America Online has upgraded its instant messaging service, adding file transfer, a directory of online communities, and a link to AOL's search engine to its basic chat functions.
AIM 1.0 made its debut in 1997. The program installs a yellow icon of a running figure on your Windows task bar; clicking it brings up a small window listing of your "buddies" who also have the software. You can see which are currently online and dash off a message that pops up almost instantly in the AIM window on your recipient's screen.
The new file-transfer utility in AIM 2.0 worked flawlessly (and is only a bit slower than a regular download) in my brief tests. This adds a powerful file-sharing capability to chat groups. AOL says you can also make files accessible to people who aren't currently online by giving them access to a library of your files.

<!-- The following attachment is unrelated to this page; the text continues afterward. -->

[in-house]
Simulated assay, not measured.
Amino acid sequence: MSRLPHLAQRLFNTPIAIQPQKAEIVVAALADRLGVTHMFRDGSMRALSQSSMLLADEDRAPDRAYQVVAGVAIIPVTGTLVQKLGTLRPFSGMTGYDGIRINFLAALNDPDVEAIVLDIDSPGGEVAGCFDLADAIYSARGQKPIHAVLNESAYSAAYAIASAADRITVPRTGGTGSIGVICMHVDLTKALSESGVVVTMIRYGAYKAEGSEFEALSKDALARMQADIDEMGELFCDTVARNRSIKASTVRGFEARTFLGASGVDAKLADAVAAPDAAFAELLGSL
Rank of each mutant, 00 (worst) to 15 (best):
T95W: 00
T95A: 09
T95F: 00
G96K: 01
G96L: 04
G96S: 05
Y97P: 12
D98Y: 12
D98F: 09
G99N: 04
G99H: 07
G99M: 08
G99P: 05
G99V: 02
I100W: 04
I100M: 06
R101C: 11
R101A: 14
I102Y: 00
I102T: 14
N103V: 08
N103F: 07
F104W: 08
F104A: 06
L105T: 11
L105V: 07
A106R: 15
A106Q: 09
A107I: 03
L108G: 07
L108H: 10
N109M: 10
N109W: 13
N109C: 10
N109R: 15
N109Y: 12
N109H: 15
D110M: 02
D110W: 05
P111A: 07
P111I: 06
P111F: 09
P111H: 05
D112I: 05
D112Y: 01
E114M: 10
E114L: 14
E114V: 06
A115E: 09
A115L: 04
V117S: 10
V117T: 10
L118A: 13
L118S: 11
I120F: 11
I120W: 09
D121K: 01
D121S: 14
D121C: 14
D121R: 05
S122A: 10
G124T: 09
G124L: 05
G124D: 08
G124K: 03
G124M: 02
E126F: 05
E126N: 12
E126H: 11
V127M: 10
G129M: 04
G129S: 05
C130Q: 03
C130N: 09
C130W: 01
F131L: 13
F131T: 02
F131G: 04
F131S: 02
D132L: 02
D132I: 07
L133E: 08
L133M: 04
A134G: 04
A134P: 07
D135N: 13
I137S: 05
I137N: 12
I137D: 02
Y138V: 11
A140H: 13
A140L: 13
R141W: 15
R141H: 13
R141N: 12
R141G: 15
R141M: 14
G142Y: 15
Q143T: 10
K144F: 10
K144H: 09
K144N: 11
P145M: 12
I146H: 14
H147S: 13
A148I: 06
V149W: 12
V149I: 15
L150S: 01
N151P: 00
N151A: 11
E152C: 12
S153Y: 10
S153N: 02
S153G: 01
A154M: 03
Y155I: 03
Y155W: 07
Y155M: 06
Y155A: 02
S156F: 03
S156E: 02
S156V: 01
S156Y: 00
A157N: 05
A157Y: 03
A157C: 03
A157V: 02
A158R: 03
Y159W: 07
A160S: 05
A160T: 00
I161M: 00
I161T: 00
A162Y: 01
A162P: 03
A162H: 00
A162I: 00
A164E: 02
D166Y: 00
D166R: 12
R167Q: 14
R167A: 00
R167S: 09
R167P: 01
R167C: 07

AIM 2.0 has as wealth of security features for controlling who can send you messages or see your files. You can send a canned warning message to buddies whose communications are inappropriate or completely block access to your message window.
My AIM tryout went smoothly. I sent messages between two computers running Microsoft Internet Explorer and linked to two separate accounts with my local ISP. Messages popped up cleanly and quickly, and I found it easy to add buddies, compose messages, and prepare files for transfer. The interface is easy to get around, but the preference screens are a tad confusing.
AOL also owns one of its primary competitors in the Web instant messaging market, ICQ. Similar functions are build into Communicator 4.51 from Netscape, now an AOL property. Other instant messaging services are Yahoo Messenger, Excite Chat, and iChat.